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Economics And Ecology

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These books are part of a series edited by Joan Martínez Alier and Pushpam Kumar on economical economics and human well-being. The series aims to evoke and bring together debates on topics related to ecology.

Everyone has heard of corporate social responsibility (CSR), but corporate accountability is a relatively new term. The idea behind it is that corporations should do much in the interest of sustainable development, and will not do it out of self-interest or volition. CSR, which implies voluntary action by corporations, is impractical; they have to be forced to sustain development. Corporate accountability is a mild or polite way of saying they should be so forced. Stefano Pogutz spells this out in the first book.

Arild Vatn lists some ways in which they could be so forced: companies may undergo a periodic social audit, and must always hold enough idle funds to ensure that if they fail the audit and are made to close down, their workers can continue to receive wages for some time. Or socially virtuous people or organisations should get free part-ownership in companies, and should be entitled to two sets of final accounts besides the usual ones — namely one in terms of the companies' social impact and another in terms of their environmental impact. If they make losses on these accounts, they must be closed down. Or, finally, companies should be nationalised or communalised. Peter Utting considers the use of law against erring companies, and reviews its success in this role. He mentions a number of international conventions that conflict with eco-friendly national legislation.

Science for Policy, Edited by Angela Guimarães Pereira and Silvio Functowicz, Oxford University Press, Pages:390, Price: Rs 750The rest of the book consists of case studies. One by Jennifer Clapp argues multinational corporations have not been too careful about accidentally releasing genetically modified organisms. Runa Sarkar in her study of Indian paper and steel makers infers that environmentally virtuous action, such as it was, was driven in government enterprises by fear of judicial activism and public opinion. In private industry, it was driven by international benchmarking.

Prabha Pant and Rahul A. Shastri get results from extensive statistical analysis of Indian factories that they cannot explain or do not like; so they conclude that the factories falsify returns. They omit the possibility that pollution inspectors are corrupt, or that the correlations or lack of them are too insignificant to require explanation. Maria Loureiro finds that countries that signed oil spill conventions had less serious spills.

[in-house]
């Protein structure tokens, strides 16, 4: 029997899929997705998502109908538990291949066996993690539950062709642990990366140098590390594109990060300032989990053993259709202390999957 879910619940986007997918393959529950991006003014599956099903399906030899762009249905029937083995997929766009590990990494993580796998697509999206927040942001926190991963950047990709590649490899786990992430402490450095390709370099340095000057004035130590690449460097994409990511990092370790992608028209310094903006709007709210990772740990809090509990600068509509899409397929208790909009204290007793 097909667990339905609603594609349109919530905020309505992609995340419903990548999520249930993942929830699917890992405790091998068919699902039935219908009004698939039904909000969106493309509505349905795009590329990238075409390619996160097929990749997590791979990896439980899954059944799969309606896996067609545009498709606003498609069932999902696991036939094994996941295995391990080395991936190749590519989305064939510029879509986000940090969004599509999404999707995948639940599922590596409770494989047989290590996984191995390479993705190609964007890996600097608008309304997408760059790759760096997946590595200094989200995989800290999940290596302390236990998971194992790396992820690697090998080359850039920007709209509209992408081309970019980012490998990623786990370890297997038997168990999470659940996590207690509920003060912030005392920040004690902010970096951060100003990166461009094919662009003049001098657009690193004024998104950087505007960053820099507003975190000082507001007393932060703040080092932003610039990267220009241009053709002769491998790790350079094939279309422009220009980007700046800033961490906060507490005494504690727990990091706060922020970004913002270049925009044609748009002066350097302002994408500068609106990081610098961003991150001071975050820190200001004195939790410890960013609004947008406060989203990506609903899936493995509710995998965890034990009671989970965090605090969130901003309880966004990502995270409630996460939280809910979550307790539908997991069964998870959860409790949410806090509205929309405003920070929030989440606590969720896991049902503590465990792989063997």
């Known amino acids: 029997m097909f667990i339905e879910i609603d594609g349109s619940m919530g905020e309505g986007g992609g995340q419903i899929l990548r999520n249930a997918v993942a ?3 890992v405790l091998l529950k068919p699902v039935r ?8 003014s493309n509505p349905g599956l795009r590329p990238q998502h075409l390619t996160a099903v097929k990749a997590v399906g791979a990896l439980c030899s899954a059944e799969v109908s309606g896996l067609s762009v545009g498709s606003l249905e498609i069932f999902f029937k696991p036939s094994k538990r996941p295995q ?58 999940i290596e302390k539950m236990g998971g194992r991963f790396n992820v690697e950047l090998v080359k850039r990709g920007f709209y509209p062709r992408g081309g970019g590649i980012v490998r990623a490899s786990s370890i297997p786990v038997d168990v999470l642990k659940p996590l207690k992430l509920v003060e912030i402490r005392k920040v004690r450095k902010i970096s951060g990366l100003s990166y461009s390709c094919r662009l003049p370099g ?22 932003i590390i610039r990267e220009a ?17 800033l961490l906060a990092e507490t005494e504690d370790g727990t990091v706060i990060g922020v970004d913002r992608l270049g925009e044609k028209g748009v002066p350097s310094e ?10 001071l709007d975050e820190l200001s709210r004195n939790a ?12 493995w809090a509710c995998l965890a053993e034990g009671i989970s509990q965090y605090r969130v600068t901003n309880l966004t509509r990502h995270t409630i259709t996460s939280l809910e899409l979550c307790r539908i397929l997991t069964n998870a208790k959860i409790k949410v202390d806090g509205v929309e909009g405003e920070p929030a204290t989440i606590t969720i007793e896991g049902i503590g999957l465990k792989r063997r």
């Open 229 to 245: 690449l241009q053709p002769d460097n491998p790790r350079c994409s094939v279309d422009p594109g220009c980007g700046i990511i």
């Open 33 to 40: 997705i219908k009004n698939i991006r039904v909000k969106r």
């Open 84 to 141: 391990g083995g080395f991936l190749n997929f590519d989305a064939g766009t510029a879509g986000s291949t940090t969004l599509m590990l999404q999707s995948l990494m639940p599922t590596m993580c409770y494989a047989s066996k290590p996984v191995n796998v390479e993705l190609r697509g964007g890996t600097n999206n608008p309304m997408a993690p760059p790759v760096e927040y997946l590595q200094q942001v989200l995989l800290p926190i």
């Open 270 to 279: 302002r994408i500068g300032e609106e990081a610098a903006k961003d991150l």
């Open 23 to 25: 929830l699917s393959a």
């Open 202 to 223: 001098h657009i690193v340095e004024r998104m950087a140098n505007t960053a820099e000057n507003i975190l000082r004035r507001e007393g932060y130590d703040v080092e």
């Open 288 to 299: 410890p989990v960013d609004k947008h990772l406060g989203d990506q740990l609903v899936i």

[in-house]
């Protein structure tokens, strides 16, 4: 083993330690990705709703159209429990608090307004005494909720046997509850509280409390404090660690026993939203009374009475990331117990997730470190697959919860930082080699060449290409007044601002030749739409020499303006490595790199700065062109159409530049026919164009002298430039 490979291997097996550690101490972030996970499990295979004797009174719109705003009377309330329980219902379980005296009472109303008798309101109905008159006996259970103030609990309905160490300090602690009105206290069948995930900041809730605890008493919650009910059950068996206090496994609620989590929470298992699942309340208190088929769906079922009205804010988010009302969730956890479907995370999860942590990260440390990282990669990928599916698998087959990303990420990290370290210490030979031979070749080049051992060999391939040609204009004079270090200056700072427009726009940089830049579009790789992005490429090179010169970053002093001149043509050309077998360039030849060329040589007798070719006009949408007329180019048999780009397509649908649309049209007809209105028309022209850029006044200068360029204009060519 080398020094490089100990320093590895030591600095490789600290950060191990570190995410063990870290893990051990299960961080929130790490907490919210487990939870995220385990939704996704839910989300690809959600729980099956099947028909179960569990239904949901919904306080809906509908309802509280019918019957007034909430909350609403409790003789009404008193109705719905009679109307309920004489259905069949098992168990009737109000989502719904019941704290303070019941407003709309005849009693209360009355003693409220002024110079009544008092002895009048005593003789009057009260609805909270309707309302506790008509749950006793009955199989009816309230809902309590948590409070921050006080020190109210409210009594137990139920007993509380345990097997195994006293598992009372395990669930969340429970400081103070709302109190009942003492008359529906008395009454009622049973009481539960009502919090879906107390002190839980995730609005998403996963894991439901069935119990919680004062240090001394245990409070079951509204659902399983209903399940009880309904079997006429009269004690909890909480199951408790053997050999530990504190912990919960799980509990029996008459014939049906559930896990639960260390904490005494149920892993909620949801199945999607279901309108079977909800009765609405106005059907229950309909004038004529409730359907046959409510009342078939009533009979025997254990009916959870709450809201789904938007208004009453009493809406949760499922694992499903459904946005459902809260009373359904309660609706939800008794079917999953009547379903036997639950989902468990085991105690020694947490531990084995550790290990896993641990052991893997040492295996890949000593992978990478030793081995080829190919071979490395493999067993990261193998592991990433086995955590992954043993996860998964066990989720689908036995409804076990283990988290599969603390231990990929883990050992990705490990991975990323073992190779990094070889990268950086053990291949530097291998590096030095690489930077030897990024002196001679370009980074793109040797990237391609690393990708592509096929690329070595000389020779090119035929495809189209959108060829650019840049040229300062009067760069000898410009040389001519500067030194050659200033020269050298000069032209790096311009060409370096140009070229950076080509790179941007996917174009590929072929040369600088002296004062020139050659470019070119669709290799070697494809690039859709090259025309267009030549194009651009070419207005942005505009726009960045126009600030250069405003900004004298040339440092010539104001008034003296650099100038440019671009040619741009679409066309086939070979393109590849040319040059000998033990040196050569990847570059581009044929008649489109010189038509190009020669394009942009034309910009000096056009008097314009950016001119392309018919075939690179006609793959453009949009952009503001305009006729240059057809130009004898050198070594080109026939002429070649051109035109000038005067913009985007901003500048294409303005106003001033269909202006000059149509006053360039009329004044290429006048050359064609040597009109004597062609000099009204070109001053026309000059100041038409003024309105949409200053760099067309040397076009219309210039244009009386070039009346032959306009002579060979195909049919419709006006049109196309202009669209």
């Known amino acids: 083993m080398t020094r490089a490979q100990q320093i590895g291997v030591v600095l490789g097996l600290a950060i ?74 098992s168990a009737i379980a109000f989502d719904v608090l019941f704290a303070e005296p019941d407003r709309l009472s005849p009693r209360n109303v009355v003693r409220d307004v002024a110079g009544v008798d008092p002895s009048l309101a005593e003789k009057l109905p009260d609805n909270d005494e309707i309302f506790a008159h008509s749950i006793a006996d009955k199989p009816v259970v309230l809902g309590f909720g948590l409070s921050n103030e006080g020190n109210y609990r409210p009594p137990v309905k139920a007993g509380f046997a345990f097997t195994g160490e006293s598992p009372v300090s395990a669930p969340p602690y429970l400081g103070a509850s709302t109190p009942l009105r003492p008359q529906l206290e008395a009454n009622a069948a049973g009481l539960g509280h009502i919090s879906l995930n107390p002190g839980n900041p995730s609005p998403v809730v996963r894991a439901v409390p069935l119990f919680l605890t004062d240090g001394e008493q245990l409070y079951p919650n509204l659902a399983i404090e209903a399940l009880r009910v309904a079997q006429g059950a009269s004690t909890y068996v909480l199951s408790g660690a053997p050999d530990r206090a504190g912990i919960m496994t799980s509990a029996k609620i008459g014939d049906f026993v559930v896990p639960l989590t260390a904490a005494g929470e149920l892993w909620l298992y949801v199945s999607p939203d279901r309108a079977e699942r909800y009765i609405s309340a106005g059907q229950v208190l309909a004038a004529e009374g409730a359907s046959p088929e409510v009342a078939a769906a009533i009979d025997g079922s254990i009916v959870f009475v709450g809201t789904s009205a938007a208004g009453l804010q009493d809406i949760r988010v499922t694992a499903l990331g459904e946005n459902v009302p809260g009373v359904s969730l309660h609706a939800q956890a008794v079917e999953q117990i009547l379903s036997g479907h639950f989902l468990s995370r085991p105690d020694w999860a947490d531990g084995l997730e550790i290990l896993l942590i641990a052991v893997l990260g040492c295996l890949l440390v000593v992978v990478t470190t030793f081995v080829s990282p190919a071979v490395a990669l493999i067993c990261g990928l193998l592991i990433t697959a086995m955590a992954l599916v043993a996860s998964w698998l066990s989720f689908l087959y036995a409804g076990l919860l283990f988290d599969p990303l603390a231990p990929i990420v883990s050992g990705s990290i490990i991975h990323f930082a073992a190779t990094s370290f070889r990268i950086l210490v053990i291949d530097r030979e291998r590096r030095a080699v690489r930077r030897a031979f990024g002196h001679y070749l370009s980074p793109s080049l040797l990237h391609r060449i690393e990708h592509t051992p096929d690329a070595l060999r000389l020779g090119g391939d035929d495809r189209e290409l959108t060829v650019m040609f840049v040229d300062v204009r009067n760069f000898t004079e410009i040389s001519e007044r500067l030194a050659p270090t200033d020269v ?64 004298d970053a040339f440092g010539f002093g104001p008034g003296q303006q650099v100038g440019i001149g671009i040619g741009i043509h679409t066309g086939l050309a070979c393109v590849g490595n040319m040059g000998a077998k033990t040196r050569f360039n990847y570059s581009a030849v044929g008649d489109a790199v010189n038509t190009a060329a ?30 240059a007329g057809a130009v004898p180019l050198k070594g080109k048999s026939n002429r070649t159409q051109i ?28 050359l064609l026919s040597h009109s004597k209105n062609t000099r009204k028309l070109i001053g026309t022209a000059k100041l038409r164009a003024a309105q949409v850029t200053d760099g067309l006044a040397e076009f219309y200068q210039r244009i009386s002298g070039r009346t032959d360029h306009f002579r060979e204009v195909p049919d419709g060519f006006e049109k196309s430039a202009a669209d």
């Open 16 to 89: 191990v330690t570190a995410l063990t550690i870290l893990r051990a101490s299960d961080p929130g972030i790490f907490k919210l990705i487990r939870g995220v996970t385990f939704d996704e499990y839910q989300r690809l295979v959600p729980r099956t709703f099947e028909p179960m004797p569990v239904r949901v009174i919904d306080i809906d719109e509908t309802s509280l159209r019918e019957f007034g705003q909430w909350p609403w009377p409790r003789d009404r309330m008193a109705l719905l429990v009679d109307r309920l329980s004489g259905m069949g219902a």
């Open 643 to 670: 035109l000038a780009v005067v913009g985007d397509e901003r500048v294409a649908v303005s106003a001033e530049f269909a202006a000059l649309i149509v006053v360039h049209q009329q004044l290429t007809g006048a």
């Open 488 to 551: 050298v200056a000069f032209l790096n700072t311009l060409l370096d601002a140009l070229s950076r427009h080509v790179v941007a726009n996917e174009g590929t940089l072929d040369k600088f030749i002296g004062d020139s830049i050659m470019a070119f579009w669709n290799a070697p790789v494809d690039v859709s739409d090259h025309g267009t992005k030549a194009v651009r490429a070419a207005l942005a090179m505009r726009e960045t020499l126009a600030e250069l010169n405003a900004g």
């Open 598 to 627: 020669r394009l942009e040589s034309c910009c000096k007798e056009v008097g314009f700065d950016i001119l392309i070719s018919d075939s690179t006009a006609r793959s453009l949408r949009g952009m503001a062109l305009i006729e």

The second book, Science for Policy, proceeds from a premise that we are in an era of "post-normal science" — that so-called scientific facts can be uncertain and controversial. When such facts form the basis of environment policy, some form of public negotiation is necessary to establish the most acceptable factual framework and the most practical policy conclusions.

Serafin Corral Quintana calls this a Quality Assessment Assistant Tool. Jean-Marc Douguet et al list 12 such tools. Scientists equipped with this toolbox then spread out and attack problems in four areas — genetically modified organisms, climate change policy, energy policy and sustainable development policy.

Mario Giampetro argues the application of the industrial paradigm — maximising productivity with the help of machinery and chemicals — to agriculture has led to an impasse in industrial countries. Their agricultural capacity exceeds their demand; agriculture has become unprofitable and it can only shrink. Underdeveloped countries cannot follow industrial countries' path as the workers they would displace from agriculture would find no jobs. This is a perceptive argument; it is a pity that Giampetro leaves it hanging there.

In another paper, M.V. Ramana and J.Y. Suchitra review India's nuclear energy record and plans. Their description of the record is correct and devastating: the Indian government has been hamhanded in its development of nuclear power even by its own standards. But the main argument for nuclear energy in India is that no other energy is going to be available in sufficient quantities in a few decades; nuclear energy is India's answer to Giampetro's question. It would have been fruitful if the two had connected.

Nicholas Stern tackled precisely those problems for Britain; his report is reviewed by Paul Baer and Clive L. Spash. They make the obeisance to "post-normal science" that seems customary in the group that wrote this book. Their objections to Stern are perfectly comprehensible and reasonable without it. They amount to saying that Stern is not pessimistic enough. All they have to do is to repeat his calculations with a lower discount rate.

Although these books sometimes sound like scriptures of a cult of Gaia worshippers with one devil, called the economist, the believers are intelligent and often intelligible people. They are worth reading by all interested in the future of the world beyond our lifetimes.

Authors' Intro:
Peter Utting
  is deputy director at the United Nations Research Institute for Social Development, where he also coordinates a research programme on markets, business and regulation.

Jennifer Clapp is professor, environment and resource studies at the University of Waterloo, Ontario, Canada. She is co-editor of the journal Global Environmental Politics.

Angela Guimarães Pereira and Silvio Functowicz are researchers at the European Commission's Joint Research Centre at the Institute for the Protection and Security of the Citizen (IPSC) and Knowledge Assessment Methodologies Group respectively.